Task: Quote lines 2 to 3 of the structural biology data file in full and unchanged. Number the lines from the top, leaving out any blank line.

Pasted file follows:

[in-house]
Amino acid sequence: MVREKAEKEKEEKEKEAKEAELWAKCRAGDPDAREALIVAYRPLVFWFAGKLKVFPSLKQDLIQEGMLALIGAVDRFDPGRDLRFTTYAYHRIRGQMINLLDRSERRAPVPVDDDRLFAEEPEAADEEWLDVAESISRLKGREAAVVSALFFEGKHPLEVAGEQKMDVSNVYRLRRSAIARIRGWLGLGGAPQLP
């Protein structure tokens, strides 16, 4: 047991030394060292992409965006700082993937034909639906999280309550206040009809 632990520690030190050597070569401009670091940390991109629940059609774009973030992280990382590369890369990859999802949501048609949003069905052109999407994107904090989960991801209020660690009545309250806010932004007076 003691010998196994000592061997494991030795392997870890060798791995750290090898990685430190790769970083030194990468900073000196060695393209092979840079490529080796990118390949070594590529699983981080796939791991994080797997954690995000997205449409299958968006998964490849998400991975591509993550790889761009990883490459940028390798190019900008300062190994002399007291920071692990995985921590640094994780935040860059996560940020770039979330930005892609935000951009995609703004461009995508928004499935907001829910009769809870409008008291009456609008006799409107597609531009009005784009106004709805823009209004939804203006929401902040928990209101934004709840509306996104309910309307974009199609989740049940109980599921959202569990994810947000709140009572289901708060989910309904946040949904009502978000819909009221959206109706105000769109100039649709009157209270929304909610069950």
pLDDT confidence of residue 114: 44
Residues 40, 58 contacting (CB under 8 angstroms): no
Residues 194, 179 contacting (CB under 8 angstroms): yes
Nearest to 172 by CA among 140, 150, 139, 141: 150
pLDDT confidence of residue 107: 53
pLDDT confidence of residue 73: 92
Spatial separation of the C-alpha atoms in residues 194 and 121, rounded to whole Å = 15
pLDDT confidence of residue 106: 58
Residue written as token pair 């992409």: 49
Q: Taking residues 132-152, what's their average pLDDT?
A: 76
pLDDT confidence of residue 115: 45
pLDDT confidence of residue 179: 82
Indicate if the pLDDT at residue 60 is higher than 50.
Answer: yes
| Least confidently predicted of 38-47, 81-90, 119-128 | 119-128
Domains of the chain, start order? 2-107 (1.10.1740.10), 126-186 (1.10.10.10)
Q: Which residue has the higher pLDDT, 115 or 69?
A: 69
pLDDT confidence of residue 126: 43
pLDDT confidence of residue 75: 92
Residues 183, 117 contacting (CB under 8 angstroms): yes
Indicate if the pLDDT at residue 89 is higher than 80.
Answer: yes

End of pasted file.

Amino acid sequence: MVREKAEKEKEEKEKEAKEAELWAKCRAGDPDAREALIVAYRPLVFWFAGKLKVFPSLKQDLIQEGMLALIGAVDRFDPGRDLRFTTYAYHRIRGQMINLLDRSERRAPVPVDDDRLFAEEPEAADEEWLDVAESISRLKGREAAVVSALFFEGKHPLEVAGEQKMDVSNVYRLRRSAIARIRGWLGLGGAPQLP
């Protein structure tokens, strides 16, 4: 047991030394060292992409965006700082993937034909639906999280309550206040009809 632990520690030190050597070569401009670091940390991109629940059609774009973030992280990382590369890369990859999802949501048609949003069905052109999407994107904090989960991801209020660690009545309250806010932004007076 003691010998196994000592061997494991030795392997870890060798791995750290090898990685430190790769970083030194990468900073000196060695393209092979840079490529080796990118390949070594590529699983981080796939791991994080797997954690995000997205449409299958968006998964490849998400991975591509993550790889761009990883490459940028390798190019900008300062190994002399007291920071692990995985921590640094994780935040860059996560940020770039979330930005892609935000951009995609703004461009995508928004499935907001829910009769809870409008008291009456609008006799409107597609531009009005784009106004709805823009209004939804203006929401902040928990209101934004709840509306996104309910309307974009199609989740049940109980599921959202569990994810947000709140009572289901708060989910309904946040949904009502978000819909009221959206109706105000769109100039649709009157209270929304909610069950």